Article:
What is it about?
This article examines the social impact of one specific type of image in nineteenth-century Parisian culture—photographic portraiture—which rose to popularity during the Second Empire. Specifically, it examines texts by Baudelaire and Zola that feature women obsessed with collecting people’s photographs and maintains that what impels their women characters to gaze endlessly at portraits originates in the New Paris of that period. In a society of advertising posters and spectacles, the artificial representation of human beings—the portrait ends up replacing real individuals. Baudelaire and Zola’s Parisians venerate their portraits, which they raise to celebrity status. Building on the work of Guy Debord, this essay argues that one can see the “power of images” in its nascent form in the literary works of Baudelaire and Zola that explore the seductive power of images. Their representations of society’s preoccupation with the visual foreshadows our own obsession with images in an increasingly digital culture, and ultimately, our reliance on social media, such as “portraits” on Facebook.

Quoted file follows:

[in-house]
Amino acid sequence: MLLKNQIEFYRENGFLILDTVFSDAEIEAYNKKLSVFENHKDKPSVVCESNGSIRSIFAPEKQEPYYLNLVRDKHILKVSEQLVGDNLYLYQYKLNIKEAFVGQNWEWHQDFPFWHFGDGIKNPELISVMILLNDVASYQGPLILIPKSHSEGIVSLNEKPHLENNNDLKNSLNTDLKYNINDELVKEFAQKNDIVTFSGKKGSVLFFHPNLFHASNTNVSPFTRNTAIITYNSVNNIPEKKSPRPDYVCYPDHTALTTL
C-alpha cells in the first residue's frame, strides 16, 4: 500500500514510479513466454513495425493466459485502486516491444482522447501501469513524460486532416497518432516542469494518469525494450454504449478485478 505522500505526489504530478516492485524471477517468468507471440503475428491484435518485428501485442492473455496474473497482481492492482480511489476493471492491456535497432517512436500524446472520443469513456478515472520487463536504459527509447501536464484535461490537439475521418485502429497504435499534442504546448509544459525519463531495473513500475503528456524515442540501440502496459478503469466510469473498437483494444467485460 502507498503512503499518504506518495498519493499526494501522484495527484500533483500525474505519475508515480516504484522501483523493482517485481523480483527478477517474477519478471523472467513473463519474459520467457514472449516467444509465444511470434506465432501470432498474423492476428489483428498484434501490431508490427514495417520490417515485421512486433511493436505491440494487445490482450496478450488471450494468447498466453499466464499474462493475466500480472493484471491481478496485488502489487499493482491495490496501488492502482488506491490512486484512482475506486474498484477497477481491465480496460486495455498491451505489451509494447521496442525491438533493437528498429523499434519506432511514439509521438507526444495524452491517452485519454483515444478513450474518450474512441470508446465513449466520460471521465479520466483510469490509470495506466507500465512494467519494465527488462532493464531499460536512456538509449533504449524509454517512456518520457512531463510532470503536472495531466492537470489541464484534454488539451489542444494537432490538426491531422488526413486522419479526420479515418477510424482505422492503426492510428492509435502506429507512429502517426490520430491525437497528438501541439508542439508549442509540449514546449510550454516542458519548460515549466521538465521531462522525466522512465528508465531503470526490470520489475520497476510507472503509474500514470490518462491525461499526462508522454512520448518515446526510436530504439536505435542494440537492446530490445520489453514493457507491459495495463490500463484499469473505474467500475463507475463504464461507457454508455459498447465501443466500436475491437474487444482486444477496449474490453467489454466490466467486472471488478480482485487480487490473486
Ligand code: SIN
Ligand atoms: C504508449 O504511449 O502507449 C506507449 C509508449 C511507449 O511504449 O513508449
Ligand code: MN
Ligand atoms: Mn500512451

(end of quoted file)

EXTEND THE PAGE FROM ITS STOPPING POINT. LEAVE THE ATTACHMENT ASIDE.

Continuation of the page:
Photo by Laura Fuhrman on Unsplash
Why is it important?
With the launch of its first iPhone in 2007, Apple gave consumers pocket-size cameras. This article brings to light a key moment in the rise of photography and mass distribution of images, and makes connection between nineteenth-century Parisis' obsession with visually pleasing representation and our own immersion in the digital culture of the image, in which we rely on artificial images to experience the “real” world.
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This page is a summary of: Collections de portraits : des femmes obsédées par une nouvelle réalité, Australian Journal of French Studies, July 2020, Liverpool University Press, DOI: 10.3828/ajfs.2020.21.
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